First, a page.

by Mellissa Thomas
Does the name Jarix (pronounced “Jah-ree”) Fashions sound familiar? If Sunday’s fun- and seat-filled ninety-minute debut fashion show at Harry P. Leu Gardens is any indication, that name will become familiar soon enough. Jarix Fashions designer Senia Jarix Soto just recently turned eighteen, and the fashion show was her parent’s birthday gift. While Soto is the new kid on the block, the formal-attire-only event featured all the staples of a well-seasoned designer’s showcase, her twenty-three design pieces included. Here’s how she, with her family’s help, slayed.
Power Move 1: She had an established event team.
Soto and her parents placed their show under veteran hostess, author, and media personality Angie Bee’s tour umbrella, and therefore had the marketing they needed to fill those seats. Angie Bee broadcasts Christian Hip Hop artists, connecting the positive message with youth across Florida to make a difference in the community, and frequently brings on respected speakers and entrepreneurs during her tours. Furthermore, Bee’s husband Bartee is a sultry Motown cover singer, and is always a big hit with audiences. Sunday’s show was no exception.
Power Move 2: Soto’s was an actual SHOW.
The night offered not one, but four music acts, not even counting the deejay: cover band Jared’s Fish N’ Grits, Mr. Bartee, and two teen solo artists—a young cellist named Evan, and singer, actress, and model Sarah Caroline. All four provided distinct musical flavors so the audience had no time to be bored.
Evan placed a Bach piece. The cover band performed pop hits during the various intermissions, including “Happy”, Bruno Mars’ “Amazing”, and “Marry Her Anyway.” Bartee brought the old school slow jams, such as Lionel Richie’s “Hello” and “You Are So Beautiful”. Sarah Caroline, whose booming voice is a magnetic mix of Adele and Fiona Apple, made an indelible first impression by singing “Fly Me to the Moon” a cappella, then later sang Christina Aguilera’s “You Are Beautiful.”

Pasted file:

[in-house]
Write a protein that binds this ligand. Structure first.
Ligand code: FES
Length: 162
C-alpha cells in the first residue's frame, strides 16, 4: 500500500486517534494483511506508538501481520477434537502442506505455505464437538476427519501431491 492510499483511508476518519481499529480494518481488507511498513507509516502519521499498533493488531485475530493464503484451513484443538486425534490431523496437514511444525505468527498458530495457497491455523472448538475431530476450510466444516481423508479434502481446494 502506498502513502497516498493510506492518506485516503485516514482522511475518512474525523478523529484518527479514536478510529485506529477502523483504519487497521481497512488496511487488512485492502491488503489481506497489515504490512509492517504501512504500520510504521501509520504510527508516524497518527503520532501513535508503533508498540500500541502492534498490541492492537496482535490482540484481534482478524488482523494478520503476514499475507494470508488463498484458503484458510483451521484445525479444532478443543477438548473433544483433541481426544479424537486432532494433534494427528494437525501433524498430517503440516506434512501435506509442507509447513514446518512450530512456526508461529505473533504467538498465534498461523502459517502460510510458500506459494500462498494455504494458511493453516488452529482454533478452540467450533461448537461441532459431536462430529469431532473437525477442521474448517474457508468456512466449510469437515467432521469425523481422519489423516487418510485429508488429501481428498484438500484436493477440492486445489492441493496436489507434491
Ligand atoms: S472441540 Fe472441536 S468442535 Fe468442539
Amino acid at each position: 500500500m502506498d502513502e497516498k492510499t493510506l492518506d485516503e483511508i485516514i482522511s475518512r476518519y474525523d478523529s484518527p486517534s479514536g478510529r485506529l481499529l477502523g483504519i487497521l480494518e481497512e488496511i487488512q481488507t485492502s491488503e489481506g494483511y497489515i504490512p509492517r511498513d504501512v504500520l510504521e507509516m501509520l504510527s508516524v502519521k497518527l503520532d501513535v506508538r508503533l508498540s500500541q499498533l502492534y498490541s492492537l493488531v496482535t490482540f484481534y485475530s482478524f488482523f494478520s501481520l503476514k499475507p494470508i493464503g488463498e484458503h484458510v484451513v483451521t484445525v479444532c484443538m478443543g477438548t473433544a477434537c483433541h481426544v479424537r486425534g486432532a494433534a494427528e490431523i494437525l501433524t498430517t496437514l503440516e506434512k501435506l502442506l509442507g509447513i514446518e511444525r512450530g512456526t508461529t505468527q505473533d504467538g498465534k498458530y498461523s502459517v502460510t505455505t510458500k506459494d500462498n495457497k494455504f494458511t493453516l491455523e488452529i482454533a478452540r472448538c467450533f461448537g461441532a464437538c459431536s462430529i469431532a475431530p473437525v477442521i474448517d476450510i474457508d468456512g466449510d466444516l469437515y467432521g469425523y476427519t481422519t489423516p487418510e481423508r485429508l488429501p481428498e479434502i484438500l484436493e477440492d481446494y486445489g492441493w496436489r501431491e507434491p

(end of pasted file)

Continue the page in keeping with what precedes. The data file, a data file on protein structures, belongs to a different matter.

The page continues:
Power Move 3: She had a powerful, industry-specific media personality onboard.
The pre-show red carpet (yes, she had one) was hosted by Angie Bee and the charismatic and hilarious Jorge Alvarado, fashion industry veteran, media personality, and host of Tampa’s “The Jorge Show” on MiraTV. Alvarado, who also co-judged the Fashion E.D.G.E. Competition at the beginning of the month, brought laughter to the red carpet and the runway, offering pithy remarks about the clothing while the models walked. He was even instrumental as a translator for one of the night’s special guests.
Power Move 4: She had tiaras in the house.
That’s right. Not one, but three pageant winners were in attendance for Sunday’s show: Ms. Florida Excellence and 2009 Ms. Corporate America winner (and New Image Youth Center founder) Shanta Barton-Stubbs, Ms. Citrus winner Rosanna Tran, and Miss Teen World of Puerto Rico, Genesis M. Caraballo. Alvarado interpreted for Miss Teen Puerto Rico and Angie Bee during her red carpet interview, and one of Soto’s aunts translated for her during her special introduction during the show.
Power Move 5: Soto brought fierce designs.
Jarix Fashions offers seven different collections. The Survivor collection kicked things off with intricately designed party wear. One was a two-piece suit whose top had cutouts in the back (below), and another was a long-sleeved dress with the rounded short-front-long-back style of popular junior dresses.
The Battlefield Chic collection featured black pieces with color accents. One jacket had a camouflage patter on the back and its bottom panels were actually flipped backwards and stitched to the back to form the pockets (below). Other pieces included a long black one-strap dress with tiny shorts worn beneath the center slit; a black tube top and colorful print high-waist pants; and a metallic dress with a solid top and ruched bottom.
The Pink Rock collection popped pink (in various shades) into outfits that ranged from professional to edgy. The favorite was a short formal dress that had a large puffy tail behind it that reached the model’s ankles, giving the dress an interesting asymmetrical look, and perfect for a rebellious prom queen or a Grammy Awards after party. “This gives me a sudden urge for cotton candy,” Alvarado said as the dress made its way down the runway.
The Rainbow collection lived up to its name, featuring casual wear in vibrant colors and patterns. One ensemble boasted a flowing waist-high-slit teal dress with golden dots matched with shimmering cobalt blue leggings (below). “I just want to take a Sharpie and connect all those dots,” Alvarado commented. The second piece was a long multicolor one-shoulder dress with black side panels.